• ITJ no 23 / 1957.

28.02.2014 By: Robert Altermatt

Artikel Nummer: 6755

The steel box that changed the world

The origins of the first container reach back into the 18th century. But it was quite a while before 58 identical steel receptacles full of freight were loaded onto a containership in the USA in 1956.

In the 18th century packaging boxes made of wood, used to transport goods in the United Kingdom, were the earliest forms of the modern container (the Latin word continere means to hold together, to contain). In the early 20th century the first standardised railway containers were developed. The step forward from that to a system that allows for the units to be re-used was then not a major one any more.


In 1937 the young US road haulier Malcolm McLean thought it would be a good idea to load trucks onto freighters in their entirety. Later he thought trailers with their loaded contents should be the working unit, and finally he hit upon the idea of taking the steel boxes themselves off the lorries for loading – instead of handling every package and every bale separately. But it was 20 years later before he developed his concept into a standardised, stackable receptacle. 58 large metal containers were dispatched on a domestic short sea trip on 26 April 1956, on board the specially-converted freighter Ideal X, which sailed from Houston TX to the port of Newark NJ. Thus container shipping was born. McLean’s vision of a closed transport chain on land, at sea and on the rails started to become reality.


It soon caught people’s imagination. In 1957 Aimé Fauré, the head of commercial services with the Société Générale de Transports Maritimes, reported in great detail in the ITJ on the growing importance of the large receptacles. In an article entitled «Containers in maritime traffic between France and North Africa» Fauré wrote:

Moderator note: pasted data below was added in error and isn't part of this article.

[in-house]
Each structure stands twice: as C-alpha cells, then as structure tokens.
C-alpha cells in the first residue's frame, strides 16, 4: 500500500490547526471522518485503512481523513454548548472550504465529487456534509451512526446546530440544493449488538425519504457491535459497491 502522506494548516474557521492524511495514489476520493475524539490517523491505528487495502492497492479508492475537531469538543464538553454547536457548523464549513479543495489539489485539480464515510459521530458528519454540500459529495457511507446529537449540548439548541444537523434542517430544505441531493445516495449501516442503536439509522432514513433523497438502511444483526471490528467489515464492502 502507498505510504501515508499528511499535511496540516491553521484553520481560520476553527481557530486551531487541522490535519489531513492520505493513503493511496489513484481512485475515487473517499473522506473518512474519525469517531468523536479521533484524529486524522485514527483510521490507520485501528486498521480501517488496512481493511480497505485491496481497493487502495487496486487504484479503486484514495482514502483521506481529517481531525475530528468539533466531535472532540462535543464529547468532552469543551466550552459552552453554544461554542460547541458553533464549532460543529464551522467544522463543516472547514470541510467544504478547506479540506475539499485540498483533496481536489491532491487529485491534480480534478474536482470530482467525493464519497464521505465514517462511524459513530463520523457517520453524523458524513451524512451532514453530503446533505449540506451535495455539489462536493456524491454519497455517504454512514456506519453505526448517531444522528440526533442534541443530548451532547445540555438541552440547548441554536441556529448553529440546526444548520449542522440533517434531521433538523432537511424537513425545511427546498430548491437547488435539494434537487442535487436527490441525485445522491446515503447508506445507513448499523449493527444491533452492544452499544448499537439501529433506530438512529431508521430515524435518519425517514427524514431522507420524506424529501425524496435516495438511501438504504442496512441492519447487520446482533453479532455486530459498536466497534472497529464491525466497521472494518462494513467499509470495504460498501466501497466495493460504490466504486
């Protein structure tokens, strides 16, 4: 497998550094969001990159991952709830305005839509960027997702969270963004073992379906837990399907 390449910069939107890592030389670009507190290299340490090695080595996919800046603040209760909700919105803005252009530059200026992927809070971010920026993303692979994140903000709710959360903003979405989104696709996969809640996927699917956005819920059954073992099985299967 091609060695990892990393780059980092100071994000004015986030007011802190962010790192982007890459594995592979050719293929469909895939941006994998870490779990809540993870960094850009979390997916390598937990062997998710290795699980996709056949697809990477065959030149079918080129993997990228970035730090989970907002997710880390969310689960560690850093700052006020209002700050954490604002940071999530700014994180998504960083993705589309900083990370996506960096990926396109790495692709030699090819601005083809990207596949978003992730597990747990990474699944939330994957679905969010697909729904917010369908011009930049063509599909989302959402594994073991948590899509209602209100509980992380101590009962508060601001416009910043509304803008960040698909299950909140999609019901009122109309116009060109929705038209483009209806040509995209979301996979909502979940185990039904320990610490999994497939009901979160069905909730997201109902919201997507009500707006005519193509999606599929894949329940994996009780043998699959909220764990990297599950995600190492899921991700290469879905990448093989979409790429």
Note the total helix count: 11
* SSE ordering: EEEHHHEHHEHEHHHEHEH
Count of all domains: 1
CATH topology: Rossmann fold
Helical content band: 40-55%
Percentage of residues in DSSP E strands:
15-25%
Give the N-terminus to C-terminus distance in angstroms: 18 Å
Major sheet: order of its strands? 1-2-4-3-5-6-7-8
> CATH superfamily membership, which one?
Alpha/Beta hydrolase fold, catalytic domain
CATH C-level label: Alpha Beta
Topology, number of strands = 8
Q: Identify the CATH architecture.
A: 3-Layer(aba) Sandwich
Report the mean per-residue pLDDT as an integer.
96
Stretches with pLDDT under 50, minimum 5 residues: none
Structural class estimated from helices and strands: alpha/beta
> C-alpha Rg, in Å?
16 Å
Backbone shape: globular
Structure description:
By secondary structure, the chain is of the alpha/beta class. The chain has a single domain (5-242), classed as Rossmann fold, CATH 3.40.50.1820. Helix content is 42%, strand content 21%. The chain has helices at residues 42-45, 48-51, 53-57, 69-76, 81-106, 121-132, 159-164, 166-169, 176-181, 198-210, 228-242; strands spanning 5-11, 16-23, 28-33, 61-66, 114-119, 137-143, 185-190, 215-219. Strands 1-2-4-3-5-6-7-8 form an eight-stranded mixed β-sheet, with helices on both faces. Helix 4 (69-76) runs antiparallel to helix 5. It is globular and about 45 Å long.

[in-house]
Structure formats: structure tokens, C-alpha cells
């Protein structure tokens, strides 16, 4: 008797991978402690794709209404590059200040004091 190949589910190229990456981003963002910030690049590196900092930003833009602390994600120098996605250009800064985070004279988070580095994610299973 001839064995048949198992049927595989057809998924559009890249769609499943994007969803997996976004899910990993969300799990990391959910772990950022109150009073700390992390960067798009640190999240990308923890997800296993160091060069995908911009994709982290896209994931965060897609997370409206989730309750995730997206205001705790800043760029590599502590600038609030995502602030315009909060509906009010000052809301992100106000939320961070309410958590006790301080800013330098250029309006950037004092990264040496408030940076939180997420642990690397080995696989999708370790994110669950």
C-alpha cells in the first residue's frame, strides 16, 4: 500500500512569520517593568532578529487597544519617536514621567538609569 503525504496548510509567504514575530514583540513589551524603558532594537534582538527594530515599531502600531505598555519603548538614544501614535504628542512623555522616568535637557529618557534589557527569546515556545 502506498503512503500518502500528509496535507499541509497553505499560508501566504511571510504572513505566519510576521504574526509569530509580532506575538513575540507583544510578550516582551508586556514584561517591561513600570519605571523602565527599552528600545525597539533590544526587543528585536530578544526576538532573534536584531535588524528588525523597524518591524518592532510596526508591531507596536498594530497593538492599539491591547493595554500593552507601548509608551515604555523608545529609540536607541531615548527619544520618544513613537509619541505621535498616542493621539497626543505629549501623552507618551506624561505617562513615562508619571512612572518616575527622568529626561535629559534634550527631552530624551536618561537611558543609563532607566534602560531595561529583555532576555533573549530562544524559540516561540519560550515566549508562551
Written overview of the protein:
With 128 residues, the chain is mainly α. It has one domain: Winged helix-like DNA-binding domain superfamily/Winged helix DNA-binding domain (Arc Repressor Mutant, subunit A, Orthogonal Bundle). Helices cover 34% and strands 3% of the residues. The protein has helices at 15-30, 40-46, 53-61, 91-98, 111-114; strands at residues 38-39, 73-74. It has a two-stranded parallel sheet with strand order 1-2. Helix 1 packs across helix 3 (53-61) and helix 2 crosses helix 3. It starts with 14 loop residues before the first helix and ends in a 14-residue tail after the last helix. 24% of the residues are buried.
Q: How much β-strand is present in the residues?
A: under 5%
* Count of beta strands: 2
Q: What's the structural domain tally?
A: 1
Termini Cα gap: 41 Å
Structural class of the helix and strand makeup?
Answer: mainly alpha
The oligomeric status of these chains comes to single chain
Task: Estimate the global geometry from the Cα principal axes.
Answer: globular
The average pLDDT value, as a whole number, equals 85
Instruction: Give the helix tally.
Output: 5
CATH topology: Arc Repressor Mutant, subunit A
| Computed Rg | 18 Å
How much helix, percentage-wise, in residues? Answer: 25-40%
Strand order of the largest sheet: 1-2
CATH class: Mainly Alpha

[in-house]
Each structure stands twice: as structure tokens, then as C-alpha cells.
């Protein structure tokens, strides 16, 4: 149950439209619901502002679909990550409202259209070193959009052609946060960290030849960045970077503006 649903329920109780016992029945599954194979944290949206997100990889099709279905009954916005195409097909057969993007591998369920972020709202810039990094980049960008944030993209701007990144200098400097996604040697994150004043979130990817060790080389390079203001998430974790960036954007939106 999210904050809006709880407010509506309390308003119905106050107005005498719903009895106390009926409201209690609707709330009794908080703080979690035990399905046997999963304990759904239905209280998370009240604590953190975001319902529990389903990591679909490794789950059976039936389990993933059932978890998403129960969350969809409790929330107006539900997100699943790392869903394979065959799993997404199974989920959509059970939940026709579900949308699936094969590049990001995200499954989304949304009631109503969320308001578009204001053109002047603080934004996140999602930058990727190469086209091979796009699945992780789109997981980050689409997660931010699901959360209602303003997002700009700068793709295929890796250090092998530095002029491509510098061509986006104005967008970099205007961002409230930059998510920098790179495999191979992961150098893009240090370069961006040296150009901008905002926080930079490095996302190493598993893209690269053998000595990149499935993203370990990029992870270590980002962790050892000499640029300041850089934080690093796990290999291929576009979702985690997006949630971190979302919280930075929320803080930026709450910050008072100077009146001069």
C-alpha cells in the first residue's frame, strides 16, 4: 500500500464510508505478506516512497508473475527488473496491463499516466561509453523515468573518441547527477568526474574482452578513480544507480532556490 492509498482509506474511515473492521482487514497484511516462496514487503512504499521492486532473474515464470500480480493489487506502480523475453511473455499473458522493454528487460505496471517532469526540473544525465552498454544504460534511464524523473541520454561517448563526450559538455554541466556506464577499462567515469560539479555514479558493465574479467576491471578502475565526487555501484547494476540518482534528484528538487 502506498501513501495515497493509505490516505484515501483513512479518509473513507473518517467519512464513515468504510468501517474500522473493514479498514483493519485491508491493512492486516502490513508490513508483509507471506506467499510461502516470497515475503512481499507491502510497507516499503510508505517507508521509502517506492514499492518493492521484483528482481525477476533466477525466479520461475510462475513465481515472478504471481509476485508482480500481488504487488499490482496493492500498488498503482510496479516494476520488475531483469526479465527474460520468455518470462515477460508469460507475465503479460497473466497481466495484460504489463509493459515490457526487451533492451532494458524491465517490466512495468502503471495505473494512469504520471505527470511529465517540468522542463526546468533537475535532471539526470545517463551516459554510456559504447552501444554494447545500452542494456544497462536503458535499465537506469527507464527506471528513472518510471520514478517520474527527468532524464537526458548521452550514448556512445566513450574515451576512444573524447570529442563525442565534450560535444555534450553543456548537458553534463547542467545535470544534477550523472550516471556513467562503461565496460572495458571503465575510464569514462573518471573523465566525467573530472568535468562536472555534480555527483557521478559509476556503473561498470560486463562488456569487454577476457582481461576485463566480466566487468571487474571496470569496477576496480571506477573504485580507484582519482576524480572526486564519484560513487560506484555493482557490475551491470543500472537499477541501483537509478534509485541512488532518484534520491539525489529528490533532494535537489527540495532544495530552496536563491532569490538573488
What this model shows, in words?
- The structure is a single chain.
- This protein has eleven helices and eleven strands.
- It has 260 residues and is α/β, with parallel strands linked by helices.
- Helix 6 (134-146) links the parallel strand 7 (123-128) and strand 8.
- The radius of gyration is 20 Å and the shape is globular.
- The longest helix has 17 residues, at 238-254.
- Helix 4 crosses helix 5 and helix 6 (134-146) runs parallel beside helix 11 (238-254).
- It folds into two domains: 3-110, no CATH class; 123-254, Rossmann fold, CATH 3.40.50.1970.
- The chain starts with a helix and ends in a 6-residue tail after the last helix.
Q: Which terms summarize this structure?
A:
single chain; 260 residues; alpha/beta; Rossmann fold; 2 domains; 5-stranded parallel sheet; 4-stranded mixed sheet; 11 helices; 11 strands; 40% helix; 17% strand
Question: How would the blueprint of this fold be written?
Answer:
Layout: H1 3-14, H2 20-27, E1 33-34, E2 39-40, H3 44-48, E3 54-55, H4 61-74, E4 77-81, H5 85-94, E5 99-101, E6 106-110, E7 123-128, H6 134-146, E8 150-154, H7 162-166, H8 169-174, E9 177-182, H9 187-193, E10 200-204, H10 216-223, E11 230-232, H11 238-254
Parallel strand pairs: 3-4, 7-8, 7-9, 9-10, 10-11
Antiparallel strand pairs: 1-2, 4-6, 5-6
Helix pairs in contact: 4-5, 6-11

«It would be superfluous to describe a container in detail, as it is now such a widespread sight. For some years now this piece of transport equipment has been building up its important role for the transportation of certain types of goods, largely as a result of the multifarious advantages it offers trade and industry. It indisputably enables the particularly safe and secure door-to-door handling of foodstuffs and many other types of goods, as it was designed to do, irrespective of the distance that has to be covered or the mode of transport used (lorries, the railways or maritime vessels).»


In 1961 the International Organization for Standardization (ISO) determined the universally-applicable size of ISO containers. Over the years it became apparent that the invention of the standardised container was the greatest revolution in the history of transport since the Sumerians had invented the wheel in the middle of the 4th millennium BC.


There is no doubt that the standardised container revolutionised global goods transportation in the second half of the 20th century, and simultaneously completely restructured world trade. The 20 and the 40-foot equivalent units are the most important and best-known types of containers. There are around 28 million of the steel boxes in action today.


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